These are substantial quantities of money by anybody’s reckoning, which, naturally, has not escaped the dead-eye of Dow-Carbide. The existence of significant amounts of money still waiting to be disbursed to the gas affected appears to give the fugitive a perfect defence against claims that the settlement was inadequate, or that more compensation is needed from the company. If all that money is left over, then how can $470 million be far too little?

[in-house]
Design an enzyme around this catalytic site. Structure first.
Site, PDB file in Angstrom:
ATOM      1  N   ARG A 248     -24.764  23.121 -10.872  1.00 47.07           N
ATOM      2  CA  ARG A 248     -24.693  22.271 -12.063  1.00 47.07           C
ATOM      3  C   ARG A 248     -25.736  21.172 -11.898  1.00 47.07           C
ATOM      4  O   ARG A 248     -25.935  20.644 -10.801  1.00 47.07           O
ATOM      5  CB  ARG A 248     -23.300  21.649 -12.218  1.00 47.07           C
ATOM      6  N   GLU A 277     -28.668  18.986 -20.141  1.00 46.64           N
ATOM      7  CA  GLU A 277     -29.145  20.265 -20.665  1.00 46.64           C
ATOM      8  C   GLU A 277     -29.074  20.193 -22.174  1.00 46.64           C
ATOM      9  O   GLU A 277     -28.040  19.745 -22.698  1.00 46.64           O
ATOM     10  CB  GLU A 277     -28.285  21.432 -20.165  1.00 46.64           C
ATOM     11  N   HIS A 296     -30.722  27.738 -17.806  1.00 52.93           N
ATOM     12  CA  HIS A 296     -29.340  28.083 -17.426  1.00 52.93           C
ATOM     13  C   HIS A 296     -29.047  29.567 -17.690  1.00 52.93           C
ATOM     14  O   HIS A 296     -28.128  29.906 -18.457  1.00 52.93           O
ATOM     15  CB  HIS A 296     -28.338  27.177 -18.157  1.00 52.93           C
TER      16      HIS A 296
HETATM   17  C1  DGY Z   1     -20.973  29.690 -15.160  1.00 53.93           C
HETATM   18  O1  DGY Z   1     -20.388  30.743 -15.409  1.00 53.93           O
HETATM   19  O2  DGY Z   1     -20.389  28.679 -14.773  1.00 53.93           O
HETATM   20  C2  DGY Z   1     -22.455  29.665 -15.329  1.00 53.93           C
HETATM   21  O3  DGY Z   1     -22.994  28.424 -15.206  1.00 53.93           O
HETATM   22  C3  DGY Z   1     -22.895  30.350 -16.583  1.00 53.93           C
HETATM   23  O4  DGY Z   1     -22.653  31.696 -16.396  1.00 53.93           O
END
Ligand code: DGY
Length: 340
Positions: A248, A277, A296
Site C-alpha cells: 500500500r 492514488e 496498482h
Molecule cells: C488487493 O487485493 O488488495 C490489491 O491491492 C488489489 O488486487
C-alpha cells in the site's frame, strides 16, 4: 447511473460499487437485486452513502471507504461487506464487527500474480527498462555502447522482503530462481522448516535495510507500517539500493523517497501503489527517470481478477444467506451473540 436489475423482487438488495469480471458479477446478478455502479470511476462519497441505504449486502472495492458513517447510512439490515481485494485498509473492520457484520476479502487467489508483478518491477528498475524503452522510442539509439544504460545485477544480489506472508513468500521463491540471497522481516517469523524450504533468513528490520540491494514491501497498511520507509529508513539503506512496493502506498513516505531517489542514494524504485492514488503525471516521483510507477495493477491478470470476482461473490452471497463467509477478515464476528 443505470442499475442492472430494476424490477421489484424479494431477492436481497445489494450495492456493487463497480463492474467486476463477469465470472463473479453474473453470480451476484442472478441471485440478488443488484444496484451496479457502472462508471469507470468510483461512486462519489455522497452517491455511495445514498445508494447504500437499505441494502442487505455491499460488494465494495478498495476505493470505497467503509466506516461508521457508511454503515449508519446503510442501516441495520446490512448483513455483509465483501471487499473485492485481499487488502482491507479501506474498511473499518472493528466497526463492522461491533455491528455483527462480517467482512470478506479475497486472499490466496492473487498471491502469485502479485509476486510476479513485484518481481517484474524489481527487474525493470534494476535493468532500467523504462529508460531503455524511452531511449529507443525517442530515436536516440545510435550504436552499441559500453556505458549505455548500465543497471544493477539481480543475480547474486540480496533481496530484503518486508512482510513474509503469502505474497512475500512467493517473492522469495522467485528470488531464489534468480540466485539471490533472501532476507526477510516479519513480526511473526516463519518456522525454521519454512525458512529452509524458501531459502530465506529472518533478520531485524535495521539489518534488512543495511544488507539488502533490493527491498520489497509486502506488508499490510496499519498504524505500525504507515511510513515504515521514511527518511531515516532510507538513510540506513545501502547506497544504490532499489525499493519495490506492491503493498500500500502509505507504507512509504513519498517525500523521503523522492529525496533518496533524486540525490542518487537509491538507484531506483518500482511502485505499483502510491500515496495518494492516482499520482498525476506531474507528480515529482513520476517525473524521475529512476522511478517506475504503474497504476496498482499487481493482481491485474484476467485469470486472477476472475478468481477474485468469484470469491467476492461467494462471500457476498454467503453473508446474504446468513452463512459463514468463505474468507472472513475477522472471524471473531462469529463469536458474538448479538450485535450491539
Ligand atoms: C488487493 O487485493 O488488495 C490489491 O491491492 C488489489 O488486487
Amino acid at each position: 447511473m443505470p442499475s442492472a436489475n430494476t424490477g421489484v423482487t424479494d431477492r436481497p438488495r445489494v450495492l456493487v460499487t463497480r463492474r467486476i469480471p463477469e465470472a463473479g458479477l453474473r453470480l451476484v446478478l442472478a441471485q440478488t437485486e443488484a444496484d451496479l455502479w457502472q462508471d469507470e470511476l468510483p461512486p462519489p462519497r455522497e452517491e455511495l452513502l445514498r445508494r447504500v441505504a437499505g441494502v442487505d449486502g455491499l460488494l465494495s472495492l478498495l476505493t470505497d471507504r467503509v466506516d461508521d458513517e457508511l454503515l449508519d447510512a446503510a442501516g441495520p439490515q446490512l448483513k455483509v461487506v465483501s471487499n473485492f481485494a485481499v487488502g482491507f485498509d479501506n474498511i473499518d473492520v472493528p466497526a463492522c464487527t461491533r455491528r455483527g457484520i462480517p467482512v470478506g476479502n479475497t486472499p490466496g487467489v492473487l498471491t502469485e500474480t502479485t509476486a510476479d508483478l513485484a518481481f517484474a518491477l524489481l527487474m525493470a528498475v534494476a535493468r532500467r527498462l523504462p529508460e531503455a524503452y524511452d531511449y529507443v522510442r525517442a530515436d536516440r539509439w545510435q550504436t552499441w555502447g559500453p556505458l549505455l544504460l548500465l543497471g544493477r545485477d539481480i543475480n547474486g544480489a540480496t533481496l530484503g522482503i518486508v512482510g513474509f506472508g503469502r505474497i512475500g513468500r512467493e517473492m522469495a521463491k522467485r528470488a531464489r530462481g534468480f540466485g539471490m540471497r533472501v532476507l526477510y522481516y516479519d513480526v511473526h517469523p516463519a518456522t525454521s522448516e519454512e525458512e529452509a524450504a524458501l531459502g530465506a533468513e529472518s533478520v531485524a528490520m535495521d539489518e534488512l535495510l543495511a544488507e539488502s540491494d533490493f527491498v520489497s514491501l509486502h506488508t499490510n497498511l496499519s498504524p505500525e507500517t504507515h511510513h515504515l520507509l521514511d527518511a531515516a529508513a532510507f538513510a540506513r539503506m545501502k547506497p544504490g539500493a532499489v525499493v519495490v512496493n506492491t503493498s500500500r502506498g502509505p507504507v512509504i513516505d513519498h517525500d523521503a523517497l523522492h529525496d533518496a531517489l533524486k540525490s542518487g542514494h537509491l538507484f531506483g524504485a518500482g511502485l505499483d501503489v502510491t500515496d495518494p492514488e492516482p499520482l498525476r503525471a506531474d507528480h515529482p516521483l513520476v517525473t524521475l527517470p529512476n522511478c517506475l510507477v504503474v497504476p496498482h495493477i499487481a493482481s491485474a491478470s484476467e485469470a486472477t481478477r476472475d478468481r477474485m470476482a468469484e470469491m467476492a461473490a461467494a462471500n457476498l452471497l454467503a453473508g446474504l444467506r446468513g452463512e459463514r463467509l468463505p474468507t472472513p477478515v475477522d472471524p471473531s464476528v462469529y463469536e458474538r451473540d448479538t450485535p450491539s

In an interview shown in the excellent ABC Dateline film on Warren Anderson last year (which can be viewed via Real Player here – be cautioned that the film contains graphic footage from 1984) Carbide’s ex-CEO Robert Kennedy attempts to amplify Carbide’s ‘generosity’ with the assertion that the $470 million settlement was the “largest civil settlement of its kind in India”. Given that there is no single incident of its kind remotely on the scale of Bhopal in world – never mind Indian – history, Kennedy’s remark actually makes a virtue of the scale of the crime. Yet of course it is the scale of the crime that shows the $470 million to be wholly inadequate.